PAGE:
- Their need to make a profit (so covers the costs of customer acquisition/marketing, operations/processing etc)

- The cost of money - credit card companies generally pay the originator of the request (the merchant or, in this case, government) before they receive the money from their card holder

- The risk inherent in the transaction.  All credit card companies put aside reserves to cover fraud, bad debt and so on.  With government, fraud is almost certainly zero - I'm unlikely to pay my parking fine/council tax with a credit card I've stolen from someone else.  The bad debt risk doesn't go away.

On the council side, the costs of processing vary by a few factors:

- The degree of automation.  A no-touch service is cheaper to operate than  one that requires customer service follow-up or telephone handling

- The volume of transactions handled and whether that creates a reduction in commission

Taking all of these together, it doesn't seem too big a step to argue that if a government developed its payments service around 4 or 5 payment gateways that routed to two or three different authorisation providers, the total volumes available would allow for a significant reduction in commission - remembering that fraud is going to be zero.

The increased flexibility in payment terms and the agreement with the credit card companies to pay early should ensure that government has more cash sooner than it would have with cheque payments - and should therefore allow the commission cost to be offset entirely.  This should ensure that no one is receiving an unfair subsidy.

Abandoning payment by cheque and switching everything to direct debit seems a sensible first choice. Changing phone support to be 80% IVR for direct debit set up, credit and debit card handling a sensible second step. And then working as a collection of local government authorities or central government departments to sign blanket deals that recognise the volumes and risks inherent in government transactions versus more standard consumer transactions.  Governments may save enough money in the entire process to allow them to underwrite the bad debt side of credit card payments made to government agencies, making the risk to the credit card company zero and allowing only for a "profitability payment".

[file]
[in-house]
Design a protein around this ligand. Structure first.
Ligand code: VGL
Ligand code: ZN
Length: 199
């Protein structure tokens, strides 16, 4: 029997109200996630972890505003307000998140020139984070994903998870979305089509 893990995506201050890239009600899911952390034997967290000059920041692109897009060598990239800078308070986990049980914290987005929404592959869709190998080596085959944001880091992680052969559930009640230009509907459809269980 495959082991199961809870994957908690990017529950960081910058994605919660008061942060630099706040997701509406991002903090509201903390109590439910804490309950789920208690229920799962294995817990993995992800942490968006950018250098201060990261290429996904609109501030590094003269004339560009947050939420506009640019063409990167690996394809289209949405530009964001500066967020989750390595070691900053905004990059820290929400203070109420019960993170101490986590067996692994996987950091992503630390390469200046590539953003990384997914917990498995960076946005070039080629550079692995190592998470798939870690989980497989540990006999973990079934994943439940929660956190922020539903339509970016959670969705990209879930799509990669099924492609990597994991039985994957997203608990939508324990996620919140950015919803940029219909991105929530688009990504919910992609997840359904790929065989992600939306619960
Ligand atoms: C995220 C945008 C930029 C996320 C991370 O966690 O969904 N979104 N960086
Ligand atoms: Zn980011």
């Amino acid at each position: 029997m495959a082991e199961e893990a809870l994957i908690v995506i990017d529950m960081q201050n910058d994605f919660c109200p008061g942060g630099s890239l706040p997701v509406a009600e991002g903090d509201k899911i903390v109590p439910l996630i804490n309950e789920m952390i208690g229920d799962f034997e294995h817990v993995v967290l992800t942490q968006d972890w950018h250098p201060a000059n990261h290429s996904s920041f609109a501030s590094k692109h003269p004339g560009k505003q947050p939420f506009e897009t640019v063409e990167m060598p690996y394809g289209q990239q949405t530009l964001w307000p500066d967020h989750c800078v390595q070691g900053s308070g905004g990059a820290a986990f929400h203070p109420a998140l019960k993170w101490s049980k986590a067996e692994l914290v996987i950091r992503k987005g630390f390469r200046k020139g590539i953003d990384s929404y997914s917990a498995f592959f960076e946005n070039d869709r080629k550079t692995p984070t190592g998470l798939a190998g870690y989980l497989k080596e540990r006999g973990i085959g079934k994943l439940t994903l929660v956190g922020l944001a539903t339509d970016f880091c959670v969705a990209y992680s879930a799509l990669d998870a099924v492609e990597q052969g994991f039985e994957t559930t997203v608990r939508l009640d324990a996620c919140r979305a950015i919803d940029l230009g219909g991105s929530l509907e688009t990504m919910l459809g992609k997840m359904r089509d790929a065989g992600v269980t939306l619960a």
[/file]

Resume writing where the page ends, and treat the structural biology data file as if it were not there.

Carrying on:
This approach has to be balanced by the need to ensure that money is collected.  I imagine that over the years each local council has found what it thinks is the best way for its own area to get maximum collection - and one of those ways is to offer as many varied payment methods as possible.  I couldn't fine one that used bartercard but perhaps that's worth a go too.  None accepted Paypal either, but I guess that is backed by a credit card so is much the same.

Following a suggestion like this, some folks in local government would likely instantly lament the high cost of setting up an IVR, training it for local, regional accents and so on. The answer to that is to buy one, two or three IVR systems for a variety of local councils and services, not 100,200 or 300, or one for every local council.  At the same time, customer support is centralised into a few locations, and local difficult collections maintained for the can't pay/won't pay people who need some more direct attention.  As long as we continue to set everything up in the borough (loosest sense of the word - city, county or metropolitan area would all work) in which the money is paid, then whilst unit costs appear individually small, aggregate total costs continue to be high.


  1. Anonymous10:43 am

    Isn't there a component of the business case missing from this discussion? Handling cash payments costs something too. The cost is typically hidden in internal staffing budgets, standing contracts for security couriers etc - but I wouldn't be surprised if it's as much as the commission on card payments. Handling cheques is probably cheaper, but still not free. If you really care about the cost of taking payments, push payers to direct debit.

  2. Absolutely right - I posted before it was complete and, anyway, hadn't fully reflected your point. I think I have now - what do you think with the new post?

  3. Cost is one thing but what about the legal liability under credit cards. As I understand it, if I buy a stereo with a credit card I have recourse to the credit card company if it goes wrong as I believe technically I am purchasing from the credit card company. I know that if there really are issues with my purchase I can get my money back. I wonder where this leaves someone when purchasing gov services. Imagine the contact centre calls. 'The roads are awful, can I have my money back please Mr Barclaycard?'